After a long journey with some signed but unrealistic agreements, the New START Treaty, in essence, is a replacement for START-I and SORT. Experience and provisions of previous documents are the reasons for quick approval of this Treaty. In addition, the New START Treaty is simpler than START-I. If START-I requires 12 types of on-site inspection in 28 annual inspections and 152 types of notification, the New START Treaty requests only 2 types of on-site inspection in 18 annual inspections and 42 types of notification. Besides, the New START Treaty proves its complete superiority when providing both sides with greater flexibility. There is no longer a specific ceiling on heavy ICBM as well as limitation on modernisation of nuclear systems. The Treaty continues to lower ceilings on ICBM and SLBM. The delivery vehicles of the two types of missile as well as heavy bombers and accountable warheads were reduced from 1,600 to 800 and 6,000 to 1,500, respectively. Nevertheless, these provisions did not make the New START Treaty less important. Inspectors believed that the New START Treaty was more effective. Right after its conclusion, Russia considered this document a “golden standard” on strategic weapons control. The Treaty was to remain in force for 10 years and might be extended up to 5 years as stipulated by Article XIV of the Treaty.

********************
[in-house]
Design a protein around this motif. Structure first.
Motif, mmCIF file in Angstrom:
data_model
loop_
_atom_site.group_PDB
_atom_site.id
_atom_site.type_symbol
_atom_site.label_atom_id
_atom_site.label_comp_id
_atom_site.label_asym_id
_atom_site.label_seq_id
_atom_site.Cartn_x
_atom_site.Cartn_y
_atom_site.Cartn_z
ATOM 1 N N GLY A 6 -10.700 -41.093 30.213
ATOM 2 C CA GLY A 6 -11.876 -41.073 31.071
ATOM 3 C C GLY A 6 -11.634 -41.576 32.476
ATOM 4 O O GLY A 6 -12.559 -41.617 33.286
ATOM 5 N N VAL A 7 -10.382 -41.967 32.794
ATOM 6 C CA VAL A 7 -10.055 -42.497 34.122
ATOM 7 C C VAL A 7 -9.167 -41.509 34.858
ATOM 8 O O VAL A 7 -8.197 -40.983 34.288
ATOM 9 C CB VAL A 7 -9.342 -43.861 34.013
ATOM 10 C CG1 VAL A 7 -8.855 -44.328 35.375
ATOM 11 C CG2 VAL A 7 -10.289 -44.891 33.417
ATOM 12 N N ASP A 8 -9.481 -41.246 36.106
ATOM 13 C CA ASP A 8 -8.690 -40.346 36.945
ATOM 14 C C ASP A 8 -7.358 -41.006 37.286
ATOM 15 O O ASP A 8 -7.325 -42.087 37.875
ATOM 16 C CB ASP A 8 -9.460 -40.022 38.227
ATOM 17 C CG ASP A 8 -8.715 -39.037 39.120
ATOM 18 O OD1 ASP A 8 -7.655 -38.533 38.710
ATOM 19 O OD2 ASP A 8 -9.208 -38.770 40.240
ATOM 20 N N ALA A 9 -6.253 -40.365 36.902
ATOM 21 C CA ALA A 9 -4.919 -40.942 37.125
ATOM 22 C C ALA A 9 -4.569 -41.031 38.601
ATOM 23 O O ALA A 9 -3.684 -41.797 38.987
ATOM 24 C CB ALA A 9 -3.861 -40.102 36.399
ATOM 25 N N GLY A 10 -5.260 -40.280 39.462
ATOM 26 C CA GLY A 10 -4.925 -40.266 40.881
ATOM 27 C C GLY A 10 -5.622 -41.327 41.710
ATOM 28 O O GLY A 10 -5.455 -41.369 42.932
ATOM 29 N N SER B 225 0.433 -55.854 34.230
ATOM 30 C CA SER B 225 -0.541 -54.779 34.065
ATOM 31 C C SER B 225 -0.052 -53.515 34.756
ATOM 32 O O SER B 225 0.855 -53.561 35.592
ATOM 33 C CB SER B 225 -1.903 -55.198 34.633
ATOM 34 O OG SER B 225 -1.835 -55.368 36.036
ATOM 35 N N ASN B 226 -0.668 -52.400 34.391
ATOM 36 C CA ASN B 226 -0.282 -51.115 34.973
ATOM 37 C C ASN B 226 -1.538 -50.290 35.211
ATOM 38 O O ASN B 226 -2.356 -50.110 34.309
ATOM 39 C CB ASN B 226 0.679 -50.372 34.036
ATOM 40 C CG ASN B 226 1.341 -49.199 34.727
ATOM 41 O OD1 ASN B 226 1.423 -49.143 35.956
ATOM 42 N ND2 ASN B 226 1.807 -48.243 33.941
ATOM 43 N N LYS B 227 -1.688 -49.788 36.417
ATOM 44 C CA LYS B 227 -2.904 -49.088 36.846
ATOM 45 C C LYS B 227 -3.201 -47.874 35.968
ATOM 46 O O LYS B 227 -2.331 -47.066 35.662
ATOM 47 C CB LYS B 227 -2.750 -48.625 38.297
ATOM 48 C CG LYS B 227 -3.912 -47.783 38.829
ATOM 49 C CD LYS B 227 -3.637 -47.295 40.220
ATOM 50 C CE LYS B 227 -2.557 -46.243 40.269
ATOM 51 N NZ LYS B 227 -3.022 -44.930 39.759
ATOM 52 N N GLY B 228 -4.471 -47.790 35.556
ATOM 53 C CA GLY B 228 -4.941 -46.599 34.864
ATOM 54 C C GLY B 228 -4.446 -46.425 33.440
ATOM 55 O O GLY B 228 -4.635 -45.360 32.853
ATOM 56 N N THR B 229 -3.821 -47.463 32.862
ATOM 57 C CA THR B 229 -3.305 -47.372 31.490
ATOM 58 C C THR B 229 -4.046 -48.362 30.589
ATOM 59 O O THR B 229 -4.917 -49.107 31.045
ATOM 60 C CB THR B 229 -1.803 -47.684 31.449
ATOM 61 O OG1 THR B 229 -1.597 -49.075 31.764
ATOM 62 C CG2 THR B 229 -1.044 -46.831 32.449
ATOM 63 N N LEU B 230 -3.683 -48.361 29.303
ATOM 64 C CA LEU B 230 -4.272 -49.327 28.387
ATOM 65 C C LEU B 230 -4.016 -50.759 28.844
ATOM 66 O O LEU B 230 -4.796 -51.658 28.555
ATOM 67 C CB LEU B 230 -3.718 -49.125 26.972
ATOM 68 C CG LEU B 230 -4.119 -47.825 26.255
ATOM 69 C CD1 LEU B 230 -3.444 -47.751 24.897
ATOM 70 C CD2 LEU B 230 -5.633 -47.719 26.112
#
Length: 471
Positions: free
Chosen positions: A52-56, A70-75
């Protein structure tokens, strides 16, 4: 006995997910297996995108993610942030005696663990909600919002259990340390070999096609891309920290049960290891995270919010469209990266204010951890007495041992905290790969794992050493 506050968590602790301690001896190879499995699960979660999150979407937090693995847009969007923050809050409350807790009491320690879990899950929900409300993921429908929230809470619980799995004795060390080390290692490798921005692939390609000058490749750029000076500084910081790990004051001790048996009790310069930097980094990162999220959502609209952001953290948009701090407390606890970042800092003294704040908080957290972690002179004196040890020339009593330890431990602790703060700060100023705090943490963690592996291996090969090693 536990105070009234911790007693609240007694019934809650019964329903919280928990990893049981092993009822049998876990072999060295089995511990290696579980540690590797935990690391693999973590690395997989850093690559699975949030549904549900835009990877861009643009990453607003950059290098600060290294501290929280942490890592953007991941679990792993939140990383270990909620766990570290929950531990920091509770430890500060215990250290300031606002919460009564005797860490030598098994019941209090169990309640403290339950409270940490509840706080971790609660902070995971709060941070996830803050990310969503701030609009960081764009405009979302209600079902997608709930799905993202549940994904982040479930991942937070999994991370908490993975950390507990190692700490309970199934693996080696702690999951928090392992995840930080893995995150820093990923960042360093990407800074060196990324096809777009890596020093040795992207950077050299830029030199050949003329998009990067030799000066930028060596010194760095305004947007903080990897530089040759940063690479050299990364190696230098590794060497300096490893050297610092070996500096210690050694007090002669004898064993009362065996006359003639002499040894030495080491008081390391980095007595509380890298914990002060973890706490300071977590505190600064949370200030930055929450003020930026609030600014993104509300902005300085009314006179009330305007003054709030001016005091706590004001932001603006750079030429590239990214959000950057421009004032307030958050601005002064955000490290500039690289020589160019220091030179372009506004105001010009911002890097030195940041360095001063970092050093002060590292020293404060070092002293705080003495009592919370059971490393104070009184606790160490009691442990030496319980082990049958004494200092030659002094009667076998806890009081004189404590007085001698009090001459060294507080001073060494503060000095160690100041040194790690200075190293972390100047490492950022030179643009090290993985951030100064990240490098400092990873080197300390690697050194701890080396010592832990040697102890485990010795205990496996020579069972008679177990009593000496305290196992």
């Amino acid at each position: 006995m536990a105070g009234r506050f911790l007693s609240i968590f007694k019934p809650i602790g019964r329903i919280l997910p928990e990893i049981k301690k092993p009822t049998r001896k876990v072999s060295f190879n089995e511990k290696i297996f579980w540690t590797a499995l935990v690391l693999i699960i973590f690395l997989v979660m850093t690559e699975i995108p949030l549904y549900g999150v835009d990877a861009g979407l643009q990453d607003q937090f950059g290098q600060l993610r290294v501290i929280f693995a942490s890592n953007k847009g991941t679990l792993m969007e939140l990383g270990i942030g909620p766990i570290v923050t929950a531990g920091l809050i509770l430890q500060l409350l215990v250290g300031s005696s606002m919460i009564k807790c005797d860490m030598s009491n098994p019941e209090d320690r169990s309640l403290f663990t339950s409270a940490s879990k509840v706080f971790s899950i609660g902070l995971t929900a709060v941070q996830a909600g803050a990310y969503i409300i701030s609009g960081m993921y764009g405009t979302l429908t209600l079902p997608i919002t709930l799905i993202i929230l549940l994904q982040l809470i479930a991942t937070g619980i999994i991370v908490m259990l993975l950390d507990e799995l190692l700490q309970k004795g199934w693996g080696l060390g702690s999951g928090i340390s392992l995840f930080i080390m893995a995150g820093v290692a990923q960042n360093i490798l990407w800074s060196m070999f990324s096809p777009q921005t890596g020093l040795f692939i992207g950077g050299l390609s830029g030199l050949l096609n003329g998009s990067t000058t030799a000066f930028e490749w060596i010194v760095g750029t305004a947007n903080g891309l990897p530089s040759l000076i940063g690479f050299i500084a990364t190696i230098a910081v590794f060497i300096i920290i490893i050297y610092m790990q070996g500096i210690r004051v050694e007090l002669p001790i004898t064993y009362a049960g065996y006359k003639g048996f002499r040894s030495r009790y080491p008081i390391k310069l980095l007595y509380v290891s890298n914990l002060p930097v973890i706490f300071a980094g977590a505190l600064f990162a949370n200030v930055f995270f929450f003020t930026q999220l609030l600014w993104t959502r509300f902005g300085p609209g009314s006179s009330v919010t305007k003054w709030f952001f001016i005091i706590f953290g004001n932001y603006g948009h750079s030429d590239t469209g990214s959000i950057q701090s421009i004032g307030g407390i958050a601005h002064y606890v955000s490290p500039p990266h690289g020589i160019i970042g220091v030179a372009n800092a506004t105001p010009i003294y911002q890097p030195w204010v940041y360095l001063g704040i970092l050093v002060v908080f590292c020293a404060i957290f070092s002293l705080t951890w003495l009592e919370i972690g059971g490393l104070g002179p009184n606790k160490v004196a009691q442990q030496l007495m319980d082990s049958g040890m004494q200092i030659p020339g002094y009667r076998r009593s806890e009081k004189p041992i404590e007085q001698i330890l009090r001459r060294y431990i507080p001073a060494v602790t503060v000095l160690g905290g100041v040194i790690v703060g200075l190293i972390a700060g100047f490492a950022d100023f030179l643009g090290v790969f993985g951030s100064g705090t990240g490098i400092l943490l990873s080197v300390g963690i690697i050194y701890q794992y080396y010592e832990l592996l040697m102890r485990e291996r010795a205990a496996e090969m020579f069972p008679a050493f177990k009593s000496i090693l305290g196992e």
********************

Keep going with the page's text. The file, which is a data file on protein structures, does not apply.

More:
The New START Treaty marks an important milestone in the control of weapons of mass destruction (WMD) in the world and is the first agreement on reduction of nuclear weapons in the post-Cold War era. Cooperation between the two nations with largest nuclear arsenals in the world is a good signal that heralds progress in U.S.-Russian relationship. Moreover, the signing of the New START Treaty has helped two countries to build strategic trust in a key issue, which paves the way for further reduction of nuclear weapons in the future. The Treaty clearly demonstrates that Russia and the United States still pursue their commitments to the Treaty on the Non-Proliferation of Nuclear Weapons (NPT). Given its significant importance, this event is regarded as one of diplomatic accomplishments of President Barack Obama Administration, who proclaimed the commitment to non-proliferation policy since the onset of his presidency.

The thorny path to implementation

Given his “American first” stance, when Donald Trump entered the White House as President, he tended to withdraw from international agreements. Therefore, response to the proposal for extending the New START Treaty put forward by President Vladimir Putin at their first meeting was statements full of doubts about this document. According to President Donald Trump and his senior advisors, the New START Treaty was not a good deal for the United States because it did not include over 60 per cent of Russia’s strategic weapons. The Obama Administration was aware of this but had no concrete reactions. The Americans believed that Russia’s nuclear arsenal witnessed a steady rise in range, destructive power, and types of weapons. Russia also made huge investment in manufacturing infrastructure. This meant that Russia possessed more nuclear warheads than those laid down in the Treaty. Furthermore, this capability was being strengthened year after year. Therefore, the stance of President Donald Trump Administration was that the new agreement needed to include all nuclear warheads. Trump was not pleased that the New START Treaty affected only 45 per cent of Russia’s nuclear stockpile while it controlled from 90 to 92 per cent of the United States’ nuclear arsenal. The Trump Administration claimed that this was very disadvantageous to the United States, which potentially made Washington fall behind in the development of new strategic weapons.